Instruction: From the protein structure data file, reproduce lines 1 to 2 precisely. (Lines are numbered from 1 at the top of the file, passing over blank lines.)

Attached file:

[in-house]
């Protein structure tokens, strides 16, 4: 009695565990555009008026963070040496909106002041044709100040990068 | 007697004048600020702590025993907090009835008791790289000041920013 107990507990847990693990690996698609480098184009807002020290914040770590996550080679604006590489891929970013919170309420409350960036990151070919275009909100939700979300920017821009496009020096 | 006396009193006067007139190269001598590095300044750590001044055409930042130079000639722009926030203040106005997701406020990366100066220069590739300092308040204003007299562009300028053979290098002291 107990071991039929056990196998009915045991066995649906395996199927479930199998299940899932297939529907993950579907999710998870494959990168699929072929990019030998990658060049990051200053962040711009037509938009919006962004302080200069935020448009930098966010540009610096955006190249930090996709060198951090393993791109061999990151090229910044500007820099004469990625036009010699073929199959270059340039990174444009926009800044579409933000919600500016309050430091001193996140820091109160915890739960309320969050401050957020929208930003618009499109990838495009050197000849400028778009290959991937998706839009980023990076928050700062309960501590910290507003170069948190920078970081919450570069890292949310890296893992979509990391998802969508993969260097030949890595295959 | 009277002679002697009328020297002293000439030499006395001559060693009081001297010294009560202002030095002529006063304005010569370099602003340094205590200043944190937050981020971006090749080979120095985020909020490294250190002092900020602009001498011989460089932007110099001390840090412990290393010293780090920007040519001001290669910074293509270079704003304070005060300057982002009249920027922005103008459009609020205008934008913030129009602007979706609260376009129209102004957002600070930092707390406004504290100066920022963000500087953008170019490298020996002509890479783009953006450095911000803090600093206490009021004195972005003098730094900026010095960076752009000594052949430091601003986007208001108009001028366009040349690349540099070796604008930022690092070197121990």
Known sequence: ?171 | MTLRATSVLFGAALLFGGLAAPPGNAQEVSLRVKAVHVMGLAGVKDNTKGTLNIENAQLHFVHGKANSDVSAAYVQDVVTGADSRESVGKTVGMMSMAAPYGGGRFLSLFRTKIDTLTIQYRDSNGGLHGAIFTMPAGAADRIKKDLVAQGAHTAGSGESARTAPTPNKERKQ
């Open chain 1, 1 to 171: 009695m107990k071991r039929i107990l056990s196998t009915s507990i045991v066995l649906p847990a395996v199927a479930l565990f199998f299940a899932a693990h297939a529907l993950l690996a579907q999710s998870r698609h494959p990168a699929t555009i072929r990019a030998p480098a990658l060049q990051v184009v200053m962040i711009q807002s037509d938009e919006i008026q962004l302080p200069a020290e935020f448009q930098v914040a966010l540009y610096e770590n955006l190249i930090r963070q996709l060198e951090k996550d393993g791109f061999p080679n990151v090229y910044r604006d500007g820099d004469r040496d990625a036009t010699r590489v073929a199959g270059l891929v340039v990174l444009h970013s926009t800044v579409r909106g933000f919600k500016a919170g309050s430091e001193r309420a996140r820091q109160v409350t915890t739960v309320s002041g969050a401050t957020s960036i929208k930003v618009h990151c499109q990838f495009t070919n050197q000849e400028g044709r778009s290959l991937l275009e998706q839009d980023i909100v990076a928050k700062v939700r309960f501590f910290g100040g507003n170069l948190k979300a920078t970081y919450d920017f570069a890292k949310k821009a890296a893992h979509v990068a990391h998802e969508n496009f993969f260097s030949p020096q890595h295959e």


[in-house]
């Protein structure tokens, strides 16, 4: 009695565990555009008026963070040496909106002041044709100040990068 | 007697004048600020702590025993907090009835008791790289000041920013 107990507990847990693990690996698609480098184009807002020290914040770590996550080679604006590489891929970013919170309420409350960036990151070919275009909100939700979300920017821009496009020096 | 006396009193006067007139190269001598590095300044750590001044055409930042130079000639722009926030203040106005997701406020990366100066220069590739300092308040204003007299562009300028053979290098002291 107990071991039929056990196998009915045991066995649906395996199927479930199998299940899932297939529907993950579907999710998870494959990168699929072929990019030998990658060049990051200053962040711009037509938009919006962004302080200069935020448009930098966010540009610096955006190249930090996709060198951090393993791109061999990151090229910044500007820099004469990625036009010699073929199959270059340039990174444009926009800044579409933000919600500016309050430091001193996140820091109160915890739960309320969050401050957020929208930003618009499109990838495009050197000849400028778009290959991937998706839009980023990076928050700062309960501590910290507003170069948190920078970081919450570069890292949310890296893992979509990391998802969508993969260097030949890595295959 | 009277002679002697009328020297002293000439030499006395001559060693009081001297010294009560202002030095002529006063304005010569370099602003340094205590200043944190937050981020971006090749080979120095985020909020490294250190002092900020602009001498011989460089932007110099001390840090412990290393010293780090920007040519001001290669910074293509270079704003304070005060300057982002009249920027922005103008459009609020205008934008913030129009602007979706609260376009129209102004957002600070930092707390406004504290100066920022963000500087953008170019490298020996002509890479783009953006450095911000803090600093206490009021004195972005003098730094900026010095960076752009000594052949430091601003986007208001108009001028366009040349690349540099070796604008930022690092070197121990």